Location, Location, Location

Writers and other publishing types love to give new writers advice about how to be successful.  I find these columns and blogs in my Facebook feed at least daily if not more often.

But there’s one subject they never mention: location.

Despite the Internet, despite Twitter, Facebook, Goodreads, Tumblr and all the rest of the ways to reach, create, and seduce fans, where you park your laptop can be as important as what you write and how you promote yourself.  Publishers are gaga about social media, but they’re always touting something new.  Before tweeting it was blog tours and before that book trailers.

Life as a writer can be very different in a city with lots of traditional media.  Even though they’re declining, newspapers can still give you inimitable coverage in reviews, features, and interviews.

Likewise, being able to appear on many radio stations still makes a difference in getting the word out locally to help build your audience before you break big.

And if you’re in a media nexus like New York, you’re more able to make face-to-face connections with other writers, with reviewers, with editors and agents at parties, book signings and readings.  These are precious contacts that writers living in East Podunk just can’t make happen for themselves.  Random contacts at summer writing workshops and yearly conferences aren’t the same thing.

Being in a big city also means lots of colleges and universities.  They offer the opportunity of speaking gigs and something else: invitations to teach at writing workshops.  That world is pretty much a series of closed circles.  A writer I know who runs one in the New York area confided that she only invited her friends in the New York area.  Other writers who make various circuits say they see the same people over and over.  If someone breaks in, she’s usually a star, not a newbie.

Of course, being born into a family of writers trumps everything: That’s the ultimate good location.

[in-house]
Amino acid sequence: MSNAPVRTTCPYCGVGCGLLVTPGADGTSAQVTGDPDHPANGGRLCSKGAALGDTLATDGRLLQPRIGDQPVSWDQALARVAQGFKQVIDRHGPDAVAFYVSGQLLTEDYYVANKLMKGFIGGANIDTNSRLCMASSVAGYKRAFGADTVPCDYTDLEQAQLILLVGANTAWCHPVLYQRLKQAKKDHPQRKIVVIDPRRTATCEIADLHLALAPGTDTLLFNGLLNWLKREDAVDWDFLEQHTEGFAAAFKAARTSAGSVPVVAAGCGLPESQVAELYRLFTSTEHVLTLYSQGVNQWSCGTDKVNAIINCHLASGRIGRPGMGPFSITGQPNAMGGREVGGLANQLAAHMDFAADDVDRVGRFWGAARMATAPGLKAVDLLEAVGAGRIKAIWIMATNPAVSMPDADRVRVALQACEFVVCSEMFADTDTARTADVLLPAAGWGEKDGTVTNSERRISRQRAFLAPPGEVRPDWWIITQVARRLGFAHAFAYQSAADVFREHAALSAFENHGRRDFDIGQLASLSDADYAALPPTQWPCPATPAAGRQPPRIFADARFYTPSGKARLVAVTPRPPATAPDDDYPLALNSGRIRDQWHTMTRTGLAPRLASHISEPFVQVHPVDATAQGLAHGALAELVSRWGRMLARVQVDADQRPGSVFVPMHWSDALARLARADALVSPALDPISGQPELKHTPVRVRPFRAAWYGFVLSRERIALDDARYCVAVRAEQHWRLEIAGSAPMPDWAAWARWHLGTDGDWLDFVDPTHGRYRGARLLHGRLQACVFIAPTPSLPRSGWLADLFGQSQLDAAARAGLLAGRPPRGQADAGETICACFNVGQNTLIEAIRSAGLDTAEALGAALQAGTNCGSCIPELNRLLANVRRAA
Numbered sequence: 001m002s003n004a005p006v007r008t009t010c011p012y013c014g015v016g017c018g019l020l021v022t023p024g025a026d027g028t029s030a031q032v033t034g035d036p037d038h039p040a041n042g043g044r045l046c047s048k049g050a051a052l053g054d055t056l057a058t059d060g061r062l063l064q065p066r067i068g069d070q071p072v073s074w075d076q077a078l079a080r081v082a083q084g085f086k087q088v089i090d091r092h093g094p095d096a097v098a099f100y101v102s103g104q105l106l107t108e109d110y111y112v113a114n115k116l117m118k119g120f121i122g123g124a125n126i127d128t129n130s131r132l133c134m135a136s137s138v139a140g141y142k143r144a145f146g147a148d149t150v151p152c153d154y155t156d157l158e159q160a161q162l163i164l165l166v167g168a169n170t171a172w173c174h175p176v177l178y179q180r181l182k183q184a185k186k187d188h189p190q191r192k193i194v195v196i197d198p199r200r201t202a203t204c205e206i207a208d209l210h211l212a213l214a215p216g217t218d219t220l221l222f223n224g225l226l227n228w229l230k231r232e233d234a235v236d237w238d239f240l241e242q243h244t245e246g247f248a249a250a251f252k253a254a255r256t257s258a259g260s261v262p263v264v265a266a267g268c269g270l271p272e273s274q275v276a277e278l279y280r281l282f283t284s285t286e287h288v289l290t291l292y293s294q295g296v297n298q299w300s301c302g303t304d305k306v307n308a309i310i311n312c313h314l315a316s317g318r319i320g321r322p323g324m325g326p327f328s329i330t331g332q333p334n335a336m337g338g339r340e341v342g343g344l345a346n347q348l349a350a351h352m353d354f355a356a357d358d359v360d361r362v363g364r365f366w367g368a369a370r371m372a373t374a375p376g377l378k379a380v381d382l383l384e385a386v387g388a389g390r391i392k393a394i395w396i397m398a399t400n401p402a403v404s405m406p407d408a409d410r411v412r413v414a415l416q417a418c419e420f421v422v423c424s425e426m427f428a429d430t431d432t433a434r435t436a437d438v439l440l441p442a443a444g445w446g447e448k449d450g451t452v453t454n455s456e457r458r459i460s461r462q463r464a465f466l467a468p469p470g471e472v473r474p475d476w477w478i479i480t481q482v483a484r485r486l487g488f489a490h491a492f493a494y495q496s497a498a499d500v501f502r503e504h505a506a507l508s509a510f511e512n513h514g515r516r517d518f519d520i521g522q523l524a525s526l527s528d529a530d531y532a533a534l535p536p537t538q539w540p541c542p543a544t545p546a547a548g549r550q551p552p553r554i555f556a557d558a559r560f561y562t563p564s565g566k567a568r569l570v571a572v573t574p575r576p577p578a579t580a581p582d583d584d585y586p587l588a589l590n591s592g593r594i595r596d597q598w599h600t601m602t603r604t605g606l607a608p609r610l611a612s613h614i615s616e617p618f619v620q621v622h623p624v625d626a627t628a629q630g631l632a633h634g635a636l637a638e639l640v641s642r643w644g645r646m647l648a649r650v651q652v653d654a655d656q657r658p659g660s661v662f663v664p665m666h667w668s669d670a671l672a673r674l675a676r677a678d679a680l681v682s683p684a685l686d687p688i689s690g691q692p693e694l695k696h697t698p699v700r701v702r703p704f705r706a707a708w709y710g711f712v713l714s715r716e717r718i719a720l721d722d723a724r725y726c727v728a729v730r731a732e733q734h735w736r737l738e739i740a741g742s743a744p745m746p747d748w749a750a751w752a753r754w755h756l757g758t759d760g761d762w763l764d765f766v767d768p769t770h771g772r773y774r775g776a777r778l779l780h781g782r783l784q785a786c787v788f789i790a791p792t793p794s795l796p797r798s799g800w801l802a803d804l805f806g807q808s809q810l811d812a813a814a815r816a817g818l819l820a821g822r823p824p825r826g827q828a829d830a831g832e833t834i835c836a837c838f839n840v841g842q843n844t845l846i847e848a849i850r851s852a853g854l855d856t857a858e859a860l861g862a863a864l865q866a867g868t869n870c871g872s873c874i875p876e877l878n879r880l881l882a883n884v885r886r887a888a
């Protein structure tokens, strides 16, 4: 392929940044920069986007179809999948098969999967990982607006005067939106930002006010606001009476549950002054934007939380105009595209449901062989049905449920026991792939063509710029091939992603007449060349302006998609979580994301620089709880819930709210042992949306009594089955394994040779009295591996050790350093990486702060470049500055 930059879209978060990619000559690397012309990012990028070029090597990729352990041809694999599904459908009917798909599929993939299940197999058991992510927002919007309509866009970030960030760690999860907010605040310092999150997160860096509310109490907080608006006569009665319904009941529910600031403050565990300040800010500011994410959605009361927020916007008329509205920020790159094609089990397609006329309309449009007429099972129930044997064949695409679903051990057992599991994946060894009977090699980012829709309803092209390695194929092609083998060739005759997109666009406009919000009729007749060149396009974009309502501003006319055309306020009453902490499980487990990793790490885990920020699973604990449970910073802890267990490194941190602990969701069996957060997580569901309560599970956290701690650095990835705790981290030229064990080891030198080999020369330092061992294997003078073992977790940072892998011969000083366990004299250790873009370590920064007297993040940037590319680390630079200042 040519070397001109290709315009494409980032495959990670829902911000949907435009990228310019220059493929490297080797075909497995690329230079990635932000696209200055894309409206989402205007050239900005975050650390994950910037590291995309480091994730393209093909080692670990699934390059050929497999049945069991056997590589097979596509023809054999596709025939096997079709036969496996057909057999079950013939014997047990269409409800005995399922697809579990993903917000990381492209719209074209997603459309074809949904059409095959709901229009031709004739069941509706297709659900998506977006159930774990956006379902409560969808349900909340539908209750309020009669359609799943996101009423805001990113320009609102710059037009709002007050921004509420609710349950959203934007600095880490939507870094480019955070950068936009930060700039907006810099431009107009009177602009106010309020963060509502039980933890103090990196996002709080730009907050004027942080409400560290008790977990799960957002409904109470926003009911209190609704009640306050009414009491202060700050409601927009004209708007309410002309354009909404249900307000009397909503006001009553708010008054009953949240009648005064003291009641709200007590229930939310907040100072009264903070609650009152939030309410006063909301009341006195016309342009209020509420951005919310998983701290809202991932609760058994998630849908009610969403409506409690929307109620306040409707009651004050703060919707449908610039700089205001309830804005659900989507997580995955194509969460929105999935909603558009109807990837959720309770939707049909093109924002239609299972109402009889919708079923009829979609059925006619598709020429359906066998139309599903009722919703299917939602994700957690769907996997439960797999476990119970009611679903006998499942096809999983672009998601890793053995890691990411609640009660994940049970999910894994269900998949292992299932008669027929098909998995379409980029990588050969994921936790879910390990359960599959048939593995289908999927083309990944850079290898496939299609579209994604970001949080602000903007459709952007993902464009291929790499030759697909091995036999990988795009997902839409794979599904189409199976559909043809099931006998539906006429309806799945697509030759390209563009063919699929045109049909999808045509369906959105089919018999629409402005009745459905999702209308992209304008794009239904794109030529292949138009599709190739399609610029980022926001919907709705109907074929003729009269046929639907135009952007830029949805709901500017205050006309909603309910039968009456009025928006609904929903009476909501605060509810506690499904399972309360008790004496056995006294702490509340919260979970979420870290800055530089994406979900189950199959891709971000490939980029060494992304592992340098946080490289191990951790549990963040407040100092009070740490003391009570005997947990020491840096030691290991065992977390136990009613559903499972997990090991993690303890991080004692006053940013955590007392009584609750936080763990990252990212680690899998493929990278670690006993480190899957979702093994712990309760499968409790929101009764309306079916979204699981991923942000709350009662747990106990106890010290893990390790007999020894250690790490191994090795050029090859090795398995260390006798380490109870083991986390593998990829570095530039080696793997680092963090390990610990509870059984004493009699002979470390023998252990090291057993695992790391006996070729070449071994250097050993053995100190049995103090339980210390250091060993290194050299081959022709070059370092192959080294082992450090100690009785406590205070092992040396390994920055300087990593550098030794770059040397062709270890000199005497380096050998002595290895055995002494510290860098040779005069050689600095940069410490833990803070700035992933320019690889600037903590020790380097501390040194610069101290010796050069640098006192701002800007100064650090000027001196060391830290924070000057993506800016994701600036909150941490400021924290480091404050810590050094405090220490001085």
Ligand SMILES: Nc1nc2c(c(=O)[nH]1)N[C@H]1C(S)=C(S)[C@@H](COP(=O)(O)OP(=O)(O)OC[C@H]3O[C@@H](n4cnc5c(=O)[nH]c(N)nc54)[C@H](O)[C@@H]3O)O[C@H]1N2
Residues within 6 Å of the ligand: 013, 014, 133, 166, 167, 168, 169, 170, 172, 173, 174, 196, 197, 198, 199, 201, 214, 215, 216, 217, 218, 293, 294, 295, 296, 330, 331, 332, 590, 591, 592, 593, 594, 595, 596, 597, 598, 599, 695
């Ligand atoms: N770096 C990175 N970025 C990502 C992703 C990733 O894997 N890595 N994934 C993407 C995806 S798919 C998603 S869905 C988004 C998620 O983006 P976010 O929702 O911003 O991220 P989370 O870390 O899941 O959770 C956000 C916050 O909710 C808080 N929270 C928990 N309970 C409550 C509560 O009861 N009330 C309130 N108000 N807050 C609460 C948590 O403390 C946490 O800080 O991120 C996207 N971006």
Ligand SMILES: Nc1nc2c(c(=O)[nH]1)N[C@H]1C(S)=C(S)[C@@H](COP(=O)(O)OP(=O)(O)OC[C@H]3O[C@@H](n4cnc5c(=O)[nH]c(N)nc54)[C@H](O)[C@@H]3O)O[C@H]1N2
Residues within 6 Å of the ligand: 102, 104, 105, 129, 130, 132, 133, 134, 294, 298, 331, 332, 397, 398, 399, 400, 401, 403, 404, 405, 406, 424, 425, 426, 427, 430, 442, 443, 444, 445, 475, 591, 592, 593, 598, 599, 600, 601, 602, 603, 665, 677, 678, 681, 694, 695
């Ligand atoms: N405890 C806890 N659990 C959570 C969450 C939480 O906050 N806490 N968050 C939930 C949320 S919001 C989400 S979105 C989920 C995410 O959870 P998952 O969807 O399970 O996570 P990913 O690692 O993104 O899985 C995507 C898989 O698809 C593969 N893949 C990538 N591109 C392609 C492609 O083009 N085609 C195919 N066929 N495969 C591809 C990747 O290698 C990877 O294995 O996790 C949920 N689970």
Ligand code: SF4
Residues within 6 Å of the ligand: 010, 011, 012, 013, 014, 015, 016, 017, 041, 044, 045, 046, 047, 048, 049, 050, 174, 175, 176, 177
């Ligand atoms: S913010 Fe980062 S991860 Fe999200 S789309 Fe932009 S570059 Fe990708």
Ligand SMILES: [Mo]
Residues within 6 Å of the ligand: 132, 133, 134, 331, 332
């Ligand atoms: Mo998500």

Success As A Writer Is Soooooo Unpredictable

Poor newbie writers.  Everywhere they turn, someone’s telling them how to be successful.  Go indie!  Publish traditionally!  The advocates of each path offer mind-numbing statistics to prove their points.  It’s as frantic as those middle-of-the-night infomercials for exercise machines that will trim belly fat in only ten minute sessions, three times a week.

Of course, these machines are modeled for you by men and women with killer abs and minimal body fat.  You and I will never look like that unless we give everything up and hire live-in trainers.  And even then, as the coach said in Chariots of Fire, “You can’t put in what God left out.”

I’ve lost my patience with super-successful indie or traditionally-published authors telling the world to publish and promote your books the way they did because look how great things turned out for them.  Each side reports the benefits of what they’ve done with certainty and conviction, and of course they’re either best-selling authors on the newspaper lists or best-selling authors on Amazon.  Or both.

First-time authors sometimes publish big with a New York press, and sometimes they make it big going indie (and possibly go bigger switching to legacy publishing).  It’s all a crap shoot.

Most authors will never reach the heights of these newly-minted experts, and not through any fault of their own.  It doesn’t matter how hard you work, how good your book is, luck and timing are key ingredients that can’t be corralled.  Books have their own karma.  The right book at the right time published in the right way booms. We have no control over how our books succeed or fail, but we can control how good they are before they reach readers.

But nobody can predict it’s going to happen.  And the authors who share their glorious experiences need to realize that though they may want to inspire and enlighten wannabes, at some level, they just make the rest of us drool or wish we’d listened to our parents and gone into something less unpredictable like Accounting.

The author of 25 books in many genres, Lev Raphael has taken his twenty years of university teaching online to offer unique creative writing workshops at writewithoutborders.com